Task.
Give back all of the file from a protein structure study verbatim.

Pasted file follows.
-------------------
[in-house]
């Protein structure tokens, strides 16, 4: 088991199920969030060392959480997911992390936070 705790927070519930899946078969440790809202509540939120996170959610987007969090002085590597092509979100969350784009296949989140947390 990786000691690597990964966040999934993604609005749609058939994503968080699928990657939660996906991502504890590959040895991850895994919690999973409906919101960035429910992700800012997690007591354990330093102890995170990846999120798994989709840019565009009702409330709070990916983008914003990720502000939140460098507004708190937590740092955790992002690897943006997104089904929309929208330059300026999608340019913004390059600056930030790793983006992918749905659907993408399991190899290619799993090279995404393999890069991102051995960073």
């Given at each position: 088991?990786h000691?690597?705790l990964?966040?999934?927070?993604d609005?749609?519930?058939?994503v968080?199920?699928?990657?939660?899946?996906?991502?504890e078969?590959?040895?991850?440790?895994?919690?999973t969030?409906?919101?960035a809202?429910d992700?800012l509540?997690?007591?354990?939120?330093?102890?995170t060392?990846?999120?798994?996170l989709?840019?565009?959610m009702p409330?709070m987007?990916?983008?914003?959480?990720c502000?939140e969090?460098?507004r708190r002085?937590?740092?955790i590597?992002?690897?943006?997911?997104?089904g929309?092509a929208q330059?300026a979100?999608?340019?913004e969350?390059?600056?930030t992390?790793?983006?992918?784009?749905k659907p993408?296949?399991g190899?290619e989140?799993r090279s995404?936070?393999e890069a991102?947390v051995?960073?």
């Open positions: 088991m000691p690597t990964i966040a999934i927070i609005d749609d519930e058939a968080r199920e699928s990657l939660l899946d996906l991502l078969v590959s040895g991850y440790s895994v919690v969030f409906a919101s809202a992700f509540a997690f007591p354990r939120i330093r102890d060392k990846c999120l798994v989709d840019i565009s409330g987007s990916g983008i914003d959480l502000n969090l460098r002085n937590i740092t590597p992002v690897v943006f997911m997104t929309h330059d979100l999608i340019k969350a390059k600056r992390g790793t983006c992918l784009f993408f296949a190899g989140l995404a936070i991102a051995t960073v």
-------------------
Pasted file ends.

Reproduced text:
[in-house]
């Protein structure tokens, strides 16, 4: 088991199920969030060392959480997911992390936070 705790927070519930899946078969440790809202509540939120996170959610987007969090002085590597092509979100969350784009296949989140947390 990786000691690597990964966040999934993604609005749609058939994503968080699928990657939660996906991502504890590959040895991850895994919690999973409906919101960035429910992700800012997690007591354990330093102890995170990846999120798994989709840019565009009702409330709070990916983008914003990720502000939140460098507004708190937590740092955790992002690897943006997104089904929309929208330059300026999608340019913004390059600056930030790793983006992918749905659907993408399991190899290619799993090279995404393999890069991102051995960073």
């Given at each position: 088991?990786h000691?690597?705790l990964?966040?999934?927070?993604d609005?749609?519930?058939?994503v968080?199920?699928?990657?939660?899946?996906?991502?504890e078969?590959?040895?991850?440790?895994?919690?999973t969030?409906?919101?960035a809202?429910d992700?800012l509540?997690?007591?354990?939120?330093?102890?995170t060392?990846?999120?798994?996170l989709?840019?565009?959610m009702p409330?709070m987007?990916?983008?914003?959480?990720c502000?939140e969090?460098?507004r708190r002085?937590?740092?955790i590597?992002?690897?943006?997911?997104?089904g929309?092509a929208q330059?300026a979100?999608?340019?913004e969350?390059?600056?930030t992390?790793?983006?992918?784009?749905k659907p993408?296949?399991g190899?290619e989140?799993r090279s995404?936070?393999e890069a991102?947390v051995?960073?």
């Open positions: 088991m000691p690597t990964i966040a999934i927070i609005d749609d519930e058939a968080r199920e699928s990657l939660l899946d996906l991502l078969v590959s040895g991850y440790s895994v919690v969030f409906a919101s809202a992700f509540a997690f007591p354990r939120i330093r102890d060392k990846c999120l798994v989709d840019i565009s409330g987007s990916g983008i914003d959480l502000n969090l460098r002085n937590i740092t590597p992002v690897v943006f997911m997104t929309h330059d979100l999608i340019k969350a390059k600056r992390g790793t983006c992918l784009f993408f296949a190899g989140l995404a936070i991102a051995t960073v």